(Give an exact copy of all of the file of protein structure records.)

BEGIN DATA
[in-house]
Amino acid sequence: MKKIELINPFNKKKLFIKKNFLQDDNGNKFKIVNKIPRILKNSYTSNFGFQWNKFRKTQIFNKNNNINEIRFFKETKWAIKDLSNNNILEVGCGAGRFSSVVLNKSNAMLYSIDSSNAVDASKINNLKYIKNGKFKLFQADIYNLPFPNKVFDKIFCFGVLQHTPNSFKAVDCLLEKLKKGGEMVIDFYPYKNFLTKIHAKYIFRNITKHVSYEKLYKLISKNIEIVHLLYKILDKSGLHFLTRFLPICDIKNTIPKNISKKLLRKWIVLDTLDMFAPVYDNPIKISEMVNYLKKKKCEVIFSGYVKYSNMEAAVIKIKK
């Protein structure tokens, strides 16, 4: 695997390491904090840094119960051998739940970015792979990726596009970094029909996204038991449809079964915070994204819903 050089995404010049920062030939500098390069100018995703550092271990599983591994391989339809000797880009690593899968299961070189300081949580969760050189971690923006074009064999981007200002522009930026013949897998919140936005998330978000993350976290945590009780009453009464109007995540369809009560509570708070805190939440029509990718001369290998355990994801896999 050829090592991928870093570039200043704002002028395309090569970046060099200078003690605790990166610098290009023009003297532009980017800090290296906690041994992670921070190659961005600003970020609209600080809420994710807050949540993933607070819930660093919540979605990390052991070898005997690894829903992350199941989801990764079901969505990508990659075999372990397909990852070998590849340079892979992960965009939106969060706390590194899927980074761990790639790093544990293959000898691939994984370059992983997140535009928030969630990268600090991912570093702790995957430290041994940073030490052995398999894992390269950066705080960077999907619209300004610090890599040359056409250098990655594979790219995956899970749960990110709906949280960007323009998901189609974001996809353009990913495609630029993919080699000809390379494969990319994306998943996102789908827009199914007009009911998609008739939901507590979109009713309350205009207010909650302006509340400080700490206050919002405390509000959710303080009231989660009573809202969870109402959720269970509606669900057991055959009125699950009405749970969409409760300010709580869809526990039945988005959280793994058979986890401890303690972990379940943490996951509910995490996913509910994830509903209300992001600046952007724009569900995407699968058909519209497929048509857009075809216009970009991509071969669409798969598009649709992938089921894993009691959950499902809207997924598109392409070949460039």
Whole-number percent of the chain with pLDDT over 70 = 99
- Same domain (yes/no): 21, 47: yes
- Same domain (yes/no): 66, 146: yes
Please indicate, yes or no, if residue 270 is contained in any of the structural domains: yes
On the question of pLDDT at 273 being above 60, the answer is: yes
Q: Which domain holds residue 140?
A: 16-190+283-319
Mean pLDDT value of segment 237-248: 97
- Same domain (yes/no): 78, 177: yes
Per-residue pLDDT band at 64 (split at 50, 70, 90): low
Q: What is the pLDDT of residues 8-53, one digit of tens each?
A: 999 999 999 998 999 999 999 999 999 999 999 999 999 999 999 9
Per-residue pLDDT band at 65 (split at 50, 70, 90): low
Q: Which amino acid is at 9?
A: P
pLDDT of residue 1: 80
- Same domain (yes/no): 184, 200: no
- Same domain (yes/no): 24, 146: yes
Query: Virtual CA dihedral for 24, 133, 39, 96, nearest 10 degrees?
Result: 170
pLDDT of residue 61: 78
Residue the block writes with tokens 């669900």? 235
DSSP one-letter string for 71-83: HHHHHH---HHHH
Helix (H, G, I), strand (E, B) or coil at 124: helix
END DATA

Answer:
[in-house]
Amino acid sequence: MKKIELINPFNKKKLFIKKNFLQDDNGNKFKIVNKIPRILKNSYTSNFGFQWNKFRKTQIFNKNNNINEIRFFKETKWAIKDLSNNNILEVGCGAGRFSSVVLNKSNAMLYSIDSSNAVDASKINNLKYIKNGKFKLFQADIYNLPFPNKVFDKIFCFGVLQHTPNSFKAVDCLLEKLKKGGEMVIDFYPYKNFLTKIHAKYIFRNITKHVSYEKLYKLISKNIEIVHLLYKILDKSGLHFLTRFLPICDIKNTIPKNISKKLLRKWIVLDTLDMFAPVYDNPIKISEMVNYLKKKKCEVIFSGYVKYSNMEAAVIKIKK
């Protein structure tokens, strides 16, 4: 695997390491904090840094119960051998739940970015792979990726596009970094029909996204038991449809079964915070994204819903 050089995404010049920062030939500098390069100018995703550092271990599983591994391989339809000797880009690593899968299961070189300081949580969760050189971690923006074009064999981007200002522009930026013949897998919140936005998330978000993350976290945590009780009453009464109007995540369809009560509570708070805190939440029509990718001369290998355990994801896999 050829090592991928870093570039200043704002002028395309090569970046060099200078003690605790990166610098290009023009003297532009980017800090290296906690041994992670921070190659961005600003970020609209600080809420994710807050949540993933607070819930660093919540979605990390052991070898005997690894829903992350199941989801990764079901969505990508990659075999372990397909990852070998590849340079892979992960965009939106969060706390590194899927980074761990790639790093544990293959000898691939994984370059992983997140535009928030969630990268600090991912570093702790995957430290041994940073030490052995398999894992390269950066705080960077999907619209300004610090890599040359056409250098990655594979790219995956899970749960990110709906949280960007323009998901189609974001996809353009990913495609630029993919080699000809390379494969990319994306998943996102789908827009199914007009009911998609008739939901507590979109009713309350205009207010909650302006509340400080700490206050919002405390509000959710303080009231989660009573809202969870109402959720269970509606669900057991055959009125699950009405749970969409409760300010709580869809526990039945988005959280793994058979986890401890303690972990379940943490996951509910995490996913509910994830509903209300992001600046952007724009569900995407699968058909519209497929048509857009075809216009970009991509071969669409798969598009649709992938089921894993009691959950499902809207997924598109392409070949460039």
Whole-number percent of the chain with pLDDT over 70 = 99
- Same domain (yes/no): 21, 47: yes
- Same domain (yes/no): 66, 146: yes
Please indicate, yes or no, if residue 270 is contained in any of the structural domains: yes
On the question of pLDDT at 273 being above 60, the answer is: yes
Q: Which domain holds residue 140?
A: 16-190+283-319
Mean pLDDT value of segment 237-248: 97
- Same domain (yes/no): 78, 177: yes
Per-residue pLDDT band at 64 (split at 50, 70, 90): low
Q: What is the pLDDT of residues 8-53, one digit of tens each?
A: 999 999 999 998 999 999 999 999 999 999 999 999 999 999 999 9
Per-residue pLDDT band at 65 (split at 50, 70, 90): low
Q: Which amino acid is at 9?
A: P
pLDDT of residue 1: 80
- Same domain (yes/no): 184, 200: no
- Same domain (yes/no): 24, 146: yes
Query: Virtual CA dihedral for 24, 133, 39, 96, nearest 10 degrees?
Result: 170
pLDDT of residue 61: 78
Residue the block writes with tokens 């669900």? 235
DSSP one-letter string for 71-83: HHHHHH---HHHH
Helix (H, G, I), strand (E, B) or coil at 124: helix